H.A. and Margret Rey carried the drawing for their first monkey story with them as they fled on bicycles (being German Jews living in Paris), narrowly escaping from the Nazis in 1940. Fortunately they made it to the U.S.
Originally named Fifi, the curious monkey was renamed George because the American publisher (no kidding) didn’t think it was a guy name. In Britain he was called Zozo in order to avoid any appearance of disrespect to then monarch George VI. Personally I wouldn’t have minded being connected with a best beloved, multi-million book selling character, but that’s me.
Hans was the more serious of the pair and the gentler. He was a self-taught artist, who had worked for a while designing circus posters. This makes sense to me, thinking of the colours and composition of the Curious George illustrations. Feisty, spunky, curious, opinionated Margret, who had a formal education, studying art and photography at the Bauhaus School in Germany, was the inspiration for George.
Both loved animals. Hans liked to sketch in zoos, and the couple kept pet marmosets in their apartment in Brazil in the 1930s. Margret even knitted sweaters to keep the tiny monkeys warm on the couple’s cold ocean passage to Europe in 1936, but the creatures didn’t survive the voyage.
(Full story about the exhibit at the Jewish Museum in NY here.)
What gets me, and brought tears to my eyes, is that the Reys, throughout their long career and marriage, transmuted the seriousness (and terror) of their narrow escape from the Nazis into George’s ebullient escapades and narrow escapes.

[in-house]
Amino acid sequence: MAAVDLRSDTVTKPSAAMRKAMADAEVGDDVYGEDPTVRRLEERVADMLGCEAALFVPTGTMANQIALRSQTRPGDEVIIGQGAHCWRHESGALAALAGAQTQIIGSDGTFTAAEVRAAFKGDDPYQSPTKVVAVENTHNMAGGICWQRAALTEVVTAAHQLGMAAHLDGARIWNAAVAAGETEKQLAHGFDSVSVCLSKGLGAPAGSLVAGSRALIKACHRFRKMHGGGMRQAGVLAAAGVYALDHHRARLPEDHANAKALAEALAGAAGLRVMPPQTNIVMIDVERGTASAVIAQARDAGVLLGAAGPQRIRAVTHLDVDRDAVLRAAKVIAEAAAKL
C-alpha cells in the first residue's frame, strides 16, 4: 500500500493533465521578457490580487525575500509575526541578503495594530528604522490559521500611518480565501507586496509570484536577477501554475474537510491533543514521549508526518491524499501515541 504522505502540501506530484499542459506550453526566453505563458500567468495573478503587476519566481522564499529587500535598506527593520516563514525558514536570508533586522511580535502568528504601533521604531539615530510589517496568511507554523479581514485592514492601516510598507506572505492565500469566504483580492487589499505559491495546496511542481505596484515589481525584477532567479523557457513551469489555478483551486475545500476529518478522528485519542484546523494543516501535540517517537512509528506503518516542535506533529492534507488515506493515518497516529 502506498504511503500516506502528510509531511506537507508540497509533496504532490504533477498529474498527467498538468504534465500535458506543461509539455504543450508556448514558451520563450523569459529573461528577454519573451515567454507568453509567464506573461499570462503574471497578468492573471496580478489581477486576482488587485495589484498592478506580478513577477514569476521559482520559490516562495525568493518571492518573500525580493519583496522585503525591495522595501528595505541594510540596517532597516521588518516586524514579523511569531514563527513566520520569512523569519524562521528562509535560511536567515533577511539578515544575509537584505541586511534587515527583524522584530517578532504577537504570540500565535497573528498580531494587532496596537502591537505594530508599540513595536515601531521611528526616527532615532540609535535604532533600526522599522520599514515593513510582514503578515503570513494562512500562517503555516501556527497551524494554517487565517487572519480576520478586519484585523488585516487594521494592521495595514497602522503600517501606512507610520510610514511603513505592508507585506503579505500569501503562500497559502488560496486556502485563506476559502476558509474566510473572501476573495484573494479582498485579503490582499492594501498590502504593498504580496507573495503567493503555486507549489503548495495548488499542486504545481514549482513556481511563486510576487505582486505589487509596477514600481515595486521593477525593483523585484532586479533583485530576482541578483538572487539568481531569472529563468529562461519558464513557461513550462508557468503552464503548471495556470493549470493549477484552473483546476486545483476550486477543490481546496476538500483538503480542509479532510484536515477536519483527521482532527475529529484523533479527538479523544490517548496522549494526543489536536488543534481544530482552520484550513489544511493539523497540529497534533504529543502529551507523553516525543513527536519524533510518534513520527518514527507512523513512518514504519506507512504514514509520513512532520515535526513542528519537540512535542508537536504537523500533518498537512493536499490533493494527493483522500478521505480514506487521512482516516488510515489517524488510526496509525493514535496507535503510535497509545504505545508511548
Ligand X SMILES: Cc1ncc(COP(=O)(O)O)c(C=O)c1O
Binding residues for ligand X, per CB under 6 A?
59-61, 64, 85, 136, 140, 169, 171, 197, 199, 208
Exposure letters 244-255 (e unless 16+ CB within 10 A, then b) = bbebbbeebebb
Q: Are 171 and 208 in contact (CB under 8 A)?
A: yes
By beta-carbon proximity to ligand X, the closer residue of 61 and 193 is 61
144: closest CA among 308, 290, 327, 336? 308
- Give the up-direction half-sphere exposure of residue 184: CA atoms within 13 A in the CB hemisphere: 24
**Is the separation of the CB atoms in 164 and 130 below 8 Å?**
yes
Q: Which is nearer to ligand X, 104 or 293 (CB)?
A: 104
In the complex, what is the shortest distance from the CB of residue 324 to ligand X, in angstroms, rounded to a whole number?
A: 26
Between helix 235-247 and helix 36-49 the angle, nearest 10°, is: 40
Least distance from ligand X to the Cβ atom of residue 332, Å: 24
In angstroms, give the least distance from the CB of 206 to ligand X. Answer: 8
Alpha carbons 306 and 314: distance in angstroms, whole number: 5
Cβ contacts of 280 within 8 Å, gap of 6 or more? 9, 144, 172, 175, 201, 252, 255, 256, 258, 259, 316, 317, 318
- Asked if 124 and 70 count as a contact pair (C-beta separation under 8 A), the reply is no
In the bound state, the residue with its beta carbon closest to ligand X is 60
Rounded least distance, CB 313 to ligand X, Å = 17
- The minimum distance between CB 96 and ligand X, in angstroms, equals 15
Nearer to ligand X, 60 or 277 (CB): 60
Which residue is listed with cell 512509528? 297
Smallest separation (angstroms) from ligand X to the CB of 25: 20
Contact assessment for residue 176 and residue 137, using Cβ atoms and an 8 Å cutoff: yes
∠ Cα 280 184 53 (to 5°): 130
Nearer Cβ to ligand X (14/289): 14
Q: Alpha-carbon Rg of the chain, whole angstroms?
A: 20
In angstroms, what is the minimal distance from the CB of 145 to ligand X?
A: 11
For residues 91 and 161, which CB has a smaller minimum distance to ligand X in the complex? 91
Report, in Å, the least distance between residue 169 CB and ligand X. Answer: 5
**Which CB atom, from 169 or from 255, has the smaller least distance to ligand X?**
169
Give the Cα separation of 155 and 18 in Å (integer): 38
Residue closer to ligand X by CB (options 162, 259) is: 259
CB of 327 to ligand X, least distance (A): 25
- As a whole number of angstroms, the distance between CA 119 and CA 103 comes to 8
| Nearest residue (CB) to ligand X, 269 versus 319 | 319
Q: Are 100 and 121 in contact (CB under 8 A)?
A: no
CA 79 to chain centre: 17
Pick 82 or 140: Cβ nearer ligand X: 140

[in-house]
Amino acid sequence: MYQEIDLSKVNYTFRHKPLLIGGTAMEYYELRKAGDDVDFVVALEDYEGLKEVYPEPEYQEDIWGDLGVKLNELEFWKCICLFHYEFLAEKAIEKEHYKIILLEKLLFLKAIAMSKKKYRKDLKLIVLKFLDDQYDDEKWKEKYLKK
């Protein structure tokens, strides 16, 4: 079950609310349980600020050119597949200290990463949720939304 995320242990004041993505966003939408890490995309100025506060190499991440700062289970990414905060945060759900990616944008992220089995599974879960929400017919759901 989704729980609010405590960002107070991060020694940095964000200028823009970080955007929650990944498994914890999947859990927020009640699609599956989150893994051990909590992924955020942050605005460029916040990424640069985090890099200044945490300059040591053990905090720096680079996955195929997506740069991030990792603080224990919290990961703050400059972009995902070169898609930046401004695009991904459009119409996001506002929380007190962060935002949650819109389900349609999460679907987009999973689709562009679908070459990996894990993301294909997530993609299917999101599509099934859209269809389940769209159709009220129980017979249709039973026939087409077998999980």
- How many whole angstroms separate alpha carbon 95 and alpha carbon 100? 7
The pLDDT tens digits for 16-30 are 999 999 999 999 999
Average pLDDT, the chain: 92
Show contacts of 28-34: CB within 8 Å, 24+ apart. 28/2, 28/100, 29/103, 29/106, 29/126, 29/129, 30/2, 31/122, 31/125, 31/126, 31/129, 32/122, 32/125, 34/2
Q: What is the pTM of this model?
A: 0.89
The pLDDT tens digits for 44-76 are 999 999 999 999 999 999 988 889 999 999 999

With simple lines and bright, buoyant colors, the Reys created an imaginary world full of innocence and optimism. No reader would ever discern that their lighthearted, good-natured outlook was entirely at odds with the circumstances they faced in the years leading up to and during World War II.
Both of my children loved Curious George and still do, even at age 8 and 11. As preschoolers, they could recite the books by heart. Had the Reys not managed to escape when they did, had they remained in Paris, even if they had survived, I doubt that they would have been able to write and draw with the same lightheartedness. A narrow escape, however heart pounding, is not the same as living through and enduring. And so they flew past the danger, leaving for us these books that so many children adore.
However I still wonder why the Reys left off the monkey’s tail. Curious George is actually an ape, not a monkey. Gorilla George?